On Not Being Someone Else: Tales of Our Unled Lives

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A captivating book about the emotional and literary power of the lives we might have lived had our chances or choices been different.

We each live one life, formed by paths taken and untaken. Choosing a job, getting married, deciding on a place to live or whether to have children―every decision precludes another. But what if you’d gone the other way? It can be a seductive thought, even a haunting one.

Andrew H. Miller illuminates this theme of modern culture: the allure of the alternate self. From Robert Frost to Sharon Olds, Virginia Woolf to Ian McEwan, Jane Hirshfield to Carl Dennis, storytellers of every stripe write of the lives we didn’t have. What forces encourage us to think this way about ourselves, and to identify with fictional and poetic voices speaking from the shadows of what might have been? Not only poets and novelists, but psychologists and philosophers have much to say on this question. Miller finds wisdom in all these sources, revealing the beauty, the power, and the struggle of our unled lives.

In an elegant and provocative rumination, he lingers with other selves, listening to what they say. Peering down the path not taken can be frightening, but it has its rewards. On Not Being Someone Else offers the balm that when we confront our imaginary selves, we discover who we are.

Author: Andrew H. Miller

Hardback Published November 2020, 232 pages

“An expertly curated tour of regret and envy in literature…By approaching regret and envy from multiple angles, Miller’s insightful and moving book―both in his own discussion and in the tales he recounts―gently nudges us toward consolation. Yes, we might live only one among countless possible lives, and those we haven’t lived will haunt us. But, as Miller notes in conclusion, at least we have had the chance to live the one life that has been given to us.”Wall Street Journal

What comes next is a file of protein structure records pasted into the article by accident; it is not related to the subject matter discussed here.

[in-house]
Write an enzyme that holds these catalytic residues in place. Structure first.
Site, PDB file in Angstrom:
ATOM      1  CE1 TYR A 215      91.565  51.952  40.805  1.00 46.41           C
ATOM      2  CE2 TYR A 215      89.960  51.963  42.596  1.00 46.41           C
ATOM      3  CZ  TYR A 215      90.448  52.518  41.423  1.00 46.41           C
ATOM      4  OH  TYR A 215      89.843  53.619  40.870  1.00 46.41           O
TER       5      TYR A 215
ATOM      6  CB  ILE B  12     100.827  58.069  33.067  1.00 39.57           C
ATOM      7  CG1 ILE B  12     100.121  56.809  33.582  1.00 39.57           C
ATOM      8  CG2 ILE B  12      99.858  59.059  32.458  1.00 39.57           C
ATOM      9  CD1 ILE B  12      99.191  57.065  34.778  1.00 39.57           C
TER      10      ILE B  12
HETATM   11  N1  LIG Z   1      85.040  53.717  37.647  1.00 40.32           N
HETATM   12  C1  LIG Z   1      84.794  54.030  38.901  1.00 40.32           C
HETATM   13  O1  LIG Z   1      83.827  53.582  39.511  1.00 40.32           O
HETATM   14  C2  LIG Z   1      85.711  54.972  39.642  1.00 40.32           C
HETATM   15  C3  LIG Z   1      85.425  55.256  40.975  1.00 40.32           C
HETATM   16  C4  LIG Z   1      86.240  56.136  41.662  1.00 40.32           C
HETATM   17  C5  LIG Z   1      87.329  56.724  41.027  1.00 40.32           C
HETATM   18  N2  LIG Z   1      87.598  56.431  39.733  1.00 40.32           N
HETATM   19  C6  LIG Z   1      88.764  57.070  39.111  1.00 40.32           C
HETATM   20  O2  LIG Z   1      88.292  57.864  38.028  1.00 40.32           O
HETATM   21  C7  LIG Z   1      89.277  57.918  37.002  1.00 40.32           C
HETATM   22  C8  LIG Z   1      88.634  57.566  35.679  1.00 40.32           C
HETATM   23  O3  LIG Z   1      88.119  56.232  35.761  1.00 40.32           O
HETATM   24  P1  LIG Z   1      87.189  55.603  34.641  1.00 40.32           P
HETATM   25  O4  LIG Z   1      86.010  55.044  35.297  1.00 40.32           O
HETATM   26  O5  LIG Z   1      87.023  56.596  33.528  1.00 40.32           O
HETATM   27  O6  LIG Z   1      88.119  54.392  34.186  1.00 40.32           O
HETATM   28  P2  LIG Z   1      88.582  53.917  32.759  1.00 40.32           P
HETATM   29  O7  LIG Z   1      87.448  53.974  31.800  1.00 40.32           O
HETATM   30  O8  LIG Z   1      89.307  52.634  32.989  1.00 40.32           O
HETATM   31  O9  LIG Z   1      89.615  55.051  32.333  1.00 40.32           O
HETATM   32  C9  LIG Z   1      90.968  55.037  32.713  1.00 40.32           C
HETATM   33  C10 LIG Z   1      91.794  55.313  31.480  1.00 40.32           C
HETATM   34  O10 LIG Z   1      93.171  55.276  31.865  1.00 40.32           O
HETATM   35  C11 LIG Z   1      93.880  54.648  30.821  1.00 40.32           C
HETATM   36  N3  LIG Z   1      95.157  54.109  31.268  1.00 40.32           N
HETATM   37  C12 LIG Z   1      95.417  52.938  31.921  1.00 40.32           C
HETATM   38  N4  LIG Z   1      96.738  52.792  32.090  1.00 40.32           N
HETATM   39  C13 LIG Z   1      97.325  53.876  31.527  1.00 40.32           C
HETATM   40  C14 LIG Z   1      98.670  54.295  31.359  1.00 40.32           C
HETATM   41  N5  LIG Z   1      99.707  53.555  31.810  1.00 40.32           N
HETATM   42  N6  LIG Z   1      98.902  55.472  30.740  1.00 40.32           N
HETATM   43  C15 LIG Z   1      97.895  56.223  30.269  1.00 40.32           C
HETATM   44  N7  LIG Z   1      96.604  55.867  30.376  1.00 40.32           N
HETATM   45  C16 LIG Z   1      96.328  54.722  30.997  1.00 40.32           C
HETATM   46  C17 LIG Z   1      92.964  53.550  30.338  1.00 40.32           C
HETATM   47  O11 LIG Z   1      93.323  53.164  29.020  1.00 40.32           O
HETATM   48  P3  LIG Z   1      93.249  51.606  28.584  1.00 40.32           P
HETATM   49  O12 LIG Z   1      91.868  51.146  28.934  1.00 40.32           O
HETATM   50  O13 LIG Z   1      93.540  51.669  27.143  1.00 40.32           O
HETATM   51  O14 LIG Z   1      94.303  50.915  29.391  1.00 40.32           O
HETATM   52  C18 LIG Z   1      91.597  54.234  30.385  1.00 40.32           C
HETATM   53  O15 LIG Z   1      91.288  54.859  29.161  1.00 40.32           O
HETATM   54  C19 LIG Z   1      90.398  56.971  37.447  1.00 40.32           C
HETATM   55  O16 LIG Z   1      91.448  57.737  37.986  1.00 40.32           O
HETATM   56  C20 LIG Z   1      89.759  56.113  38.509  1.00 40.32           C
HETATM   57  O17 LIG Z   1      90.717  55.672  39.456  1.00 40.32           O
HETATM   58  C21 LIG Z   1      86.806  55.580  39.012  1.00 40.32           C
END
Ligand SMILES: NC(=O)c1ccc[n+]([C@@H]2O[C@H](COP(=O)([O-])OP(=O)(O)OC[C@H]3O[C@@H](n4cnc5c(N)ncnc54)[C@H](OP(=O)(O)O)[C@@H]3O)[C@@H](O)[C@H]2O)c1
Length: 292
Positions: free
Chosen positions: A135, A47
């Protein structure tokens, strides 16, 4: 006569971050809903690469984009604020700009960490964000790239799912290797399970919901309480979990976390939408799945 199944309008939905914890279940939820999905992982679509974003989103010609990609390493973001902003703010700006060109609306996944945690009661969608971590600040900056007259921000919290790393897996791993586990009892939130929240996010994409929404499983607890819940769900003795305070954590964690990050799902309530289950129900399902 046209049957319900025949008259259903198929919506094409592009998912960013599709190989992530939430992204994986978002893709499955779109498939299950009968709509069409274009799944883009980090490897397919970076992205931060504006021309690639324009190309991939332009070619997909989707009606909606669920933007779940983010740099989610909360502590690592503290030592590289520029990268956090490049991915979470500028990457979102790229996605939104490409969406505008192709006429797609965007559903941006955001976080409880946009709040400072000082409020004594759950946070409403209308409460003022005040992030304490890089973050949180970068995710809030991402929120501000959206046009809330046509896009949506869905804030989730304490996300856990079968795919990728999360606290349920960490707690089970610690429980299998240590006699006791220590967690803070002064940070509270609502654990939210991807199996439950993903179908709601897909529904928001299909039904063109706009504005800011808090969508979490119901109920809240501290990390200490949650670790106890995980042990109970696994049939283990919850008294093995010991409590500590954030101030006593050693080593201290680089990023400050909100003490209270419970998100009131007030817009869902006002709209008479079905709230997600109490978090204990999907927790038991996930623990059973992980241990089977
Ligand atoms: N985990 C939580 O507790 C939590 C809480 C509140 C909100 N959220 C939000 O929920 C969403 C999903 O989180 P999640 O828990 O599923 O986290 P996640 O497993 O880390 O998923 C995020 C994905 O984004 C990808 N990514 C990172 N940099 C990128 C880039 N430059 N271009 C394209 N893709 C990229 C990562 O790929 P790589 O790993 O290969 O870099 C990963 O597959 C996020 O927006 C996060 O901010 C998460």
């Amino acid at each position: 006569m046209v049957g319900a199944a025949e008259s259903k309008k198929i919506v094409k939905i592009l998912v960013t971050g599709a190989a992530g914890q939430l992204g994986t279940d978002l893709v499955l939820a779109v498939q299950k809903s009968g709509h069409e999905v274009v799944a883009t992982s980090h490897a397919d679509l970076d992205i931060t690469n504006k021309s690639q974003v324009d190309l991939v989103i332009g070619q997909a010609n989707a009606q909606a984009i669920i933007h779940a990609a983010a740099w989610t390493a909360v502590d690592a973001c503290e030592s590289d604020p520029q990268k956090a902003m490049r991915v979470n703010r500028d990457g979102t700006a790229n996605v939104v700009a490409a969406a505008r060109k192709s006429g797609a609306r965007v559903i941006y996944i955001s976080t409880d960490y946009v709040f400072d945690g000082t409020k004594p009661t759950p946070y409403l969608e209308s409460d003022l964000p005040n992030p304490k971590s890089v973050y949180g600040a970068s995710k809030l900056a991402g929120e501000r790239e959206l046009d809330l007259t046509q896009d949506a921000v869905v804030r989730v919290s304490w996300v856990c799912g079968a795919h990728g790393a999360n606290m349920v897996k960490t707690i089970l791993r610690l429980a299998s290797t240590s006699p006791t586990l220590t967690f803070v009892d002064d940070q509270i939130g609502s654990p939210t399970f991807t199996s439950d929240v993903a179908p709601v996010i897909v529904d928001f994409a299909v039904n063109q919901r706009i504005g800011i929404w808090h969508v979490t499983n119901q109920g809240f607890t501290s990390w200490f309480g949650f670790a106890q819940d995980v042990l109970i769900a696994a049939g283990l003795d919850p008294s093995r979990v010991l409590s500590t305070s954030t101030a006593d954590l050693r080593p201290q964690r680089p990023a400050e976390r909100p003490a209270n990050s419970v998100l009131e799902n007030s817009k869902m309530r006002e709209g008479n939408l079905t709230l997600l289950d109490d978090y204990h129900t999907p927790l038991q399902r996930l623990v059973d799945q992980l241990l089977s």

“Miller is charming company, both humanly and intellectually. He is onto something: the theme of unled lives, and the fascinating idea that fiction intensifies the sense of provisionality that attends all lives. An extremely attractive book.”James Wood

On Not Being Someone Else reminds us just how alluring and confounding our singularity is and how, through literature, we make sense of being ourselves. To be someone―to be anyone―is about being someone and not being someone else. Miller’s amused and inspired book is utterly compelling about this, and about so much else.”Adam Phillips, author of One Way and Another: New and Selected Essays

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